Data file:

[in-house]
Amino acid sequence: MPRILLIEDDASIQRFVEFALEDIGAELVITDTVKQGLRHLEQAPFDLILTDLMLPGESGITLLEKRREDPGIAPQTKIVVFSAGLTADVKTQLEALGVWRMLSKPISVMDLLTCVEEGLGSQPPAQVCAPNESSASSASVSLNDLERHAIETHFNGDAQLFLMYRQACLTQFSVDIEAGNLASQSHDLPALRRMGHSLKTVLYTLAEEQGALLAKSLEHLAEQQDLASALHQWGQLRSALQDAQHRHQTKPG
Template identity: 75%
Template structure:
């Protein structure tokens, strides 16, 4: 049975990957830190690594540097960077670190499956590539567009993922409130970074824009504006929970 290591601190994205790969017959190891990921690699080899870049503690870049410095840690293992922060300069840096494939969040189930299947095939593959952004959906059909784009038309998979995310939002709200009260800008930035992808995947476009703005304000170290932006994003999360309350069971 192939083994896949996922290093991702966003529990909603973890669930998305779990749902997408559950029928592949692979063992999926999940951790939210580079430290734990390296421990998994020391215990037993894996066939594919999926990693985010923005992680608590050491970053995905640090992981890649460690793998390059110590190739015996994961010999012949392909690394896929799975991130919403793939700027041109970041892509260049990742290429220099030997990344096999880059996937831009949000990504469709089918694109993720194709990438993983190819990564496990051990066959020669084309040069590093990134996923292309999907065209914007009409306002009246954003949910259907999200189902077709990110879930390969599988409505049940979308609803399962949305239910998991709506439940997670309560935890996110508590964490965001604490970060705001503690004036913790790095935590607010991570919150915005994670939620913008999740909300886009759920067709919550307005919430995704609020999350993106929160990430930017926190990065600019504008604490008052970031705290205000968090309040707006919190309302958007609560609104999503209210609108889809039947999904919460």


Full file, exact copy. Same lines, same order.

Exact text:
[in-house]
Amino acid sequence: MPRILLIEDDASIQRFVEFALEDIGAELVITDTVKQGLRHLEQAPFDLILTDLMLPGESGITLLEKRREDPGIAPQTKIVVFSAGLTADVKTQLEALGVWRMLSKPISVMDLLTCVEEGLGSQPPAQVCAPNESSASSASVSLNDLERHAIETHFNGDAQLFLMYRQACLTQFSVDIEAGNLASQSHDLPALRRMGHSLKTVLYTLAEEQGALLAKSLEHLAEQQDLASALHQWGQLRSALQDAQHRHQTKPG
Template identity: 75%
Template structure:
């Protein structure tokens, strides 16, 4: 049975990957830190690594540097960077670190499956590539567009993922409130970074824009504006929970 290591601190994205790969017959190891990921690699080899870049503690870049410095840690293992922060300069840096494939969040189930299947095939593959952004959906059909784009038309998979995310939002709200009260800008930035992808995947476009703005304000170290932006994003999360309350069971 192939083994896949996922290093991702966003529990909603973890669930998305779990749902997408559950029928592949692979063992999926999940951790939210580079430290734990390296421990998994020391215990037993894996066939594919999926990693985010923005992680608590050491970053995905640090992981890649460690793998390059110590190739015996994961010999012949392909690394896929799975991130919403793939700027041109970041892509260049990742290429220099030997990344096999880059996937831009949000990504469709089918694109993720194709990438993983190819990564496990051990066959020669084309040069590093990134996923292309999907065209914007009409306002009246954003949910259907999200189902077709990110879930390969599988409505049940979308609803399962949305239910998991709506439940997670309560935890996110508590964490965001604490970060705001503690004036913790790095935590607010991570919150915005994670939620913008999740909300886009759920067709919550307005919430995704609020999350993106929160990430930017926190990065600019504008604490008052970031705290205000968090309040707006919190309302958007609560609104999503209210609108889809039947999904919460």